A Brief History of Deep Sea Exploration
Updated: Nov 18, 2020
Humanity is driven forward by a desire to discover and make sense of the world around us. The deep sea represents the unexplored frontier of discovery, for only recently has the appropriate technology existed to allow us to dive to these depths and document our findings on film.
Above is the ROV Hercules, a remotely operated vehicle aboard the E/V Nautilus, a marine research vessel that is part of the Ocean Exploration Trust. The submersible is routinely deployed to depths of up to 4,000 metres to collect samples and recover artefacts. It is this new technology that has enabled us to delve deeper and uncover greater secrets from the deep.
Click here to read the 2019 report of their findings, along with those from the NOAA ship Okeanos Explorer, and the R/V Falkor.
The ROVs have been able to capture an abundance of unique and fascinating footage and photographs in astounding quality, of what appears to be another world below the waves. Each year, the expeditions yield discoveries of previously unknown species, and allow us to observe unseen behaviours in marine life.
The above photograph shows a specimen that was collected from one of the ROV dives. It is a colourful sea fan, a colony of tiny coral polyps that join together to form these branching structures. Growing in this way allows the polyps to spread outwards into open waters to catch plankton drifting on currents.
But where did deep sea exploration begin?
1521 - Portuguese explorer Ferdinand Magellan became the first man to try and measure the depth of the Pacific Ocean. He threw a 2,400-foot long weighted line off the side of the boat. It never reached the sea floor.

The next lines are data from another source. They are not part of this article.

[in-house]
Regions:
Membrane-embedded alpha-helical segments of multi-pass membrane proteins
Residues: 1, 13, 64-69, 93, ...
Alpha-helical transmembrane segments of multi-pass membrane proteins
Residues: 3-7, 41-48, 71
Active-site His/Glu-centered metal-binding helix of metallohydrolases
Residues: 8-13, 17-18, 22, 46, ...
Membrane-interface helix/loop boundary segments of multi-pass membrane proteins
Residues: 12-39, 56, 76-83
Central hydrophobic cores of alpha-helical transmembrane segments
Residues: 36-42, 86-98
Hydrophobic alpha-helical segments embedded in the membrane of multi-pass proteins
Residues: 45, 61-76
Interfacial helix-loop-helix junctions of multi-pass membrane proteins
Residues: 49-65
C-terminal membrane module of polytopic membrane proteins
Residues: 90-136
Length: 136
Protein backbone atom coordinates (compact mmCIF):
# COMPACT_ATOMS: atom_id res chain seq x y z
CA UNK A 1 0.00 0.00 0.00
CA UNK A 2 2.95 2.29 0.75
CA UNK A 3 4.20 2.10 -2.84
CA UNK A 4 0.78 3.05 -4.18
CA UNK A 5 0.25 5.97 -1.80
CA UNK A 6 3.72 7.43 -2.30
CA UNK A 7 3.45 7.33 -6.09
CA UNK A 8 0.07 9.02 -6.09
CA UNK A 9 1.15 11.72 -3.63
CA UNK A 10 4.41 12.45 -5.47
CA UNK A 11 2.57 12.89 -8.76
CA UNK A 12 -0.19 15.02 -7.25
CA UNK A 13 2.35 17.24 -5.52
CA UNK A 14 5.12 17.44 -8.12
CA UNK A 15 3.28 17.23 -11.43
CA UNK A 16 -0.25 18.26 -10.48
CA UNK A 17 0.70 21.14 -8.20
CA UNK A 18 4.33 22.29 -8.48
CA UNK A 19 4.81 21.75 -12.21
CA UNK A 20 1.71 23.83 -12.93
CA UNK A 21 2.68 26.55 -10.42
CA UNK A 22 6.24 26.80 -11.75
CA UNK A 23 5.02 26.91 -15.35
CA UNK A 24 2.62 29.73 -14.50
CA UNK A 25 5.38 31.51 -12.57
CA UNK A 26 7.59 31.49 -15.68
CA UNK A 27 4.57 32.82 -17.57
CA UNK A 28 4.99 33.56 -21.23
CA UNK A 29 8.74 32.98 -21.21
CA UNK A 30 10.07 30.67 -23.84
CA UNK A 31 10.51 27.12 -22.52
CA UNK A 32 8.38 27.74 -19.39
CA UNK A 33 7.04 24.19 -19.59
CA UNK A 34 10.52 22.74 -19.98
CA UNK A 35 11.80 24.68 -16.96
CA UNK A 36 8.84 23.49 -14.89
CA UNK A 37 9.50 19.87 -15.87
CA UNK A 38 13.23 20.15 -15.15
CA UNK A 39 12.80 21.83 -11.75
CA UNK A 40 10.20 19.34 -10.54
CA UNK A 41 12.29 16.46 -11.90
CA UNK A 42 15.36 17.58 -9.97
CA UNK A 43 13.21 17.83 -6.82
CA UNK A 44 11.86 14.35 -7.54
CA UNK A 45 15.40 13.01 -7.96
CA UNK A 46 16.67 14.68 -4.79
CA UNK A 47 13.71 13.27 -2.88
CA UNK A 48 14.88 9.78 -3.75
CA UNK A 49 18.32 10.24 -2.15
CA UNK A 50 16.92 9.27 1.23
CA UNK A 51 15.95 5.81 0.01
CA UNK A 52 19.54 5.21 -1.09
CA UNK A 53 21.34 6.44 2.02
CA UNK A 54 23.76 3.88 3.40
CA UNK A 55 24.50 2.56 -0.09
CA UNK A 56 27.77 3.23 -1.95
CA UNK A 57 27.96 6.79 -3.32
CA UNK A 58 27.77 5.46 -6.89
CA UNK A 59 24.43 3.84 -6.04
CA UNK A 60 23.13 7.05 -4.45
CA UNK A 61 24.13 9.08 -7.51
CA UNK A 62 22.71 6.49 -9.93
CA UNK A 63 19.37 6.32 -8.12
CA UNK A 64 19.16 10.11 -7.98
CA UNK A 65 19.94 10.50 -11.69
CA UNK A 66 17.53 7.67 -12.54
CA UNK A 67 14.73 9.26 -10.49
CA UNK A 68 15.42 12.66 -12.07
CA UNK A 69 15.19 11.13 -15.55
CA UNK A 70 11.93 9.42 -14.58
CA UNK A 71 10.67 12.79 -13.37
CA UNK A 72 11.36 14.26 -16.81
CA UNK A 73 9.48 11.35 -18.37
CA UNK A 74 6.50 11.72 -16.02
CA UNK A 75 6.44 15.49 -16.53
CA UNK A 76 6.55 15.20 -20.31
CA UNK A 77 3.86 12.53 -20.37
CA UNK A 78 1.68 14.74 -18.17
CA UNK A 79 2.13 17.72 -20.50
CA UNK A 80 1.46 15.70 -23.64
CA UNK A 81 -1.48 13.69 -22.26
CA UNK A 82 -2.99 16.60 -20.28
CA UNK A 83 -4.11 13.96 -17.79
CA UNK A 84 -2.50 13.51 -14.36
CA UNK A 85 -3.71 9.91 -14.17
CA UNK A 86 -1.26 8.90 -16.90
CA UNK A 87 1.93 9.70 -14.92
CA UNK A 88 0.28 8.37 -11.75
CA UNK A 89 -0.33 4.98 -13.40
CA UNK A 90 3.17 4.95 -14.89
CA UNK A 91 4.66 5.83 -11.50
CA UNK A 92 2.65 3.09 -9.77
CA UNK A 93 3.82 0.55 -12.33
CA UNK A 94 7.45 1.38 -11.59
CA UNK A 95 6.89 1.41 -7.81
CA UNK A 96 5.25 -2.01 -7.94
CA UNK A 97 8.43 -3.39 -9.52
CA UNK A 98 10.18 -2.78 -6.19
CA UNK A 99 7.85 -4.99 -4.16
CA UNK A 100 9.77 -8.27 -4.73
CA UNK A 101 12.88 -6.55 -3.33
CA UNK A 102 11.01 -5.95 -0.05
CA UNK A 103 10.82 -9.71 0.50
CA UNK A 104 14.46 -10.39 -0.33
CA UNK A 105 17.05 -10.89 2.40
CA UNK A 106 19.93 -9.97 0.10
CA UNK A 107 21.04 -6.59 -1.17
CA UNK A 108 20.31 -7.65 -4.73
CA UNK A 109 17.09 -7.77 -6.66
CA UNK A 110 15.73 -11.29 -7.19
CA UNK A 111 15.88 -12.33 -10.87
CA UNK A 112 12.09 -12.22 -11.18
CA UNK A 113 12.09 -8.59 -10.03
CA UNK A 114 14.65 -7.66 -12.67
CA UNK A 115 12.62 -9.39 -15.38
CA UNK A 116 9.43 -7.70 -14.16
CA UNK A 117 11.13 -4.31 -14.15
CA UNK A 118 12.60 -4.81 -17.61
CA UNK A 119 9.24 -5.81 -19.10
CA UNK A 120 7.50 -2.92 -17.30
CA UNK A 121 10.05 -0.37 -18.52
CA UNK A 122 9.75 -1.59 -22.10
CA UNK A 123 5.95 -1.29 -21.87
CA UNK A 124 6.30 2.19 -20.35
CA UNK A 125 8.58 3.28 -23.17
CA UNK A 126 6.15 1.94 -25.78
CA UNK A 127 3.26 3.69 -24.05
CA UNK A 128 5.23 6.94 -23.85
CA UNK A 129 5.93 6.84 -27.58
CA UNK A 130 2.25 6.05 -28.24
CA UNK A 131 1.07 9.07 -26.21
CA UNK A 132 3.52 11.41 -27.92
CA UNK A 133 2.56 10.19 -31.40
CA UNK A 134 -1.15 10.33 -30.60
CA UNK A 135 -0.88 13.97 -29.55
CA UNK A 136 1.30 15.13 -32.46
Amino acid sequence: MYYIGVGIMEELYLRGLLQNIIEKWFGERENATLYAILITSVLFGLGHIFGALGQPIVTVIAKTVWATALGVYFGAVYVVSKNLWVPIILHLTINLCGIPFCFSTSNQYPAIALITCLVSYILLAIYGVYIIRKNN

1818 - Explorers captured worms and jellyfish for the first time from depths of 6,550 feet, providing the very first evidence for deep sea life.
Around this time, it was believed that the deep sea was too harsh and barren to support life at all.
1842 - Naturalist Edward Forbes proposed his 'Abyssus Theory', in which he argued that biodiversity decreases with depth, and life will not be able to survive below 1,800 feet. We have since come to realise that this was not the case.
1850 - A diverse ecosystem was uncovered by biologist Michael Sars, thriving at 2,600 feet below the waves. His later discovery of the first living stalked crinoid spurred academic interest in the exploration of the deep sea. This was the catalyst that prompted the Challenger expedition between 1872-1876.
Led by Charles Wyville, the HMS Challenger set out on the first deep sea exploration mission. Many new species were discovered, displaying unique adaptations in order to survive in the deep sea. It was these findings that proved definitively that the Abyssus Theory was incorrect, and the depths were able to support a highly complex community of life.
Only in recent times have we fully begun to understand the processes taking place in the deep sea. Hydrothermal vents were first discovered in 1977, and they host a community of organisms relying entirely on energy produced by the earth itself, rather than sunlight. This goes to show that we are still only scratching the surface. What else is down there, in wait of discovery?
View our Deep Sea Hub for facts and news about this haunting realm.
Read more about Deep Sea Exploration here.